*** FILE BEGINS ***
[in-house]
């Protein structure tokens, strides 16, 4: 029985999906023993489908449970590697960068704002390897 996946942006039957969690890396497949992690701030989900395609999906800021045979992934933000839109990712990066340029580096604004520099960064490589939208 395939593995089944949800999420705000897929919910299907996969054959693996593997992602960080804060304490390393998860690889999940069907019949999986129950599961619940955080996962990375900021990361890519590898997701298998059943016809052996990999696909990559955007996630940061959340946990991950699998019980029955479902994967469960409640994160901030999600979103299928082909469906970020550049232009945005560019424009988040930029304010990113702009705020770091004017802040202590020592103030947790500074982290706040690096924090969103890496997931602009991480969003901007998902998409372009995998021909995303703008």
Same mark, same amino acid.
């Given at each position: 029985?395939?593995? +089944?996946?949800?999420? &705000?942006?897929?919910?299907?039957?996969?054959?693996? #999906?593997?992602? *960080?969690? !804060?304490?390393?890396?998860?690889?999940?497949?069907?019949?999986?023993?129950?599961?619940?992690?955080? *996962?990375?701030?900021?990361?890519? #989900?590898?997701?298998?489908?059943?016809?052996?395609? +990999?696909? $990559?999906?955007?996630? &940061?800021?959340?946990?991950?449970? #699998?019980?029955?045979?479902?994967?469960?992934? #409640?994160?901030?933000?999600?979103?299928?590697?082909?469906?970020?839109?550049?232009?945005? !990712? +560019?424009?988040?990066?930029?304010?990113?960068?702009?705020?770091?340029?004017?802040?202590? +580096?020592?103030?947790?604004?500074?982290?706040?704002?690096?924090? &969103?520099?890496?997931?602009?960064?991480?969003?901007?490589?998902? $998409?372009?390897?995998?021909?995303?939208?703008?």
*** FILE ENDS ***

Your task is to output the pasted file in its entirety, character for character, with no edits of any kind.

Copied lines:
[in-house]
């Protein structure tokens, strides 16, 4: 029985999906023993489908449970590697960068704002390897 996946942006039957969690890396497949992690701030989900395609999906800021045979992934933000839109990712990066340029580096604004520099960064490589939208 395939593995089944949800999420705000897929919910299907996969054959693996593997992602960080804060304490390393998860690889999940069907019949999986129950599961619940955080996962990375900021990361890519590898997701298998059943016809052996990999696909990559955007996630940061959340946990991950699998019980029955479902994967469960409640994160901030999600979103299928082909469906970020550049232009945005560019424009988040930029304010990113702009705020770091004017802040202590020592103030947790500074982290706040690096924090969103890496997931602009991480969003901007998902998409372009995998021909995303703008």
Same mark, same amino acid.
């Given at each position: 029985?395939?593995? +089944?996946?949800?999420? &705000?942006?897929?919910?299907?039957?996969?054959?693996? #999906?593997?992602? *960080?969690? !804060?304490?390393?890396?998860?690889?999940?497949?069907?019949?999986?023993?129950?599961?619940?992690?955080? *996962?990375?701030?900021?990361?890519? #989900?590898?997701?298998?489908?059943?016809?052996?395609? +990999?696909? $990559?999906?955007?996630? &940061?800021?959340?946990?991950?449970? #699998?019980?029955?045979?479902?994967?469960?992934? #409640?994160?901030?933000?999600?979103?299928?590697?082909?469906?970020?839109?550049?232009?945005? !990712? +560019?424009?988040?990066?930029?304010?990113?960068?702009?705020?770091?340029?004017?802040?202590? +580096?020592?103030?947790?604004?500074?982290?706040?704002?690096?924090? &969103?520099?890496?997931?602009?960064?991480?969003?901007?490589?998902? $998409?372009?390897?995998?021909?995303?939208?703008?």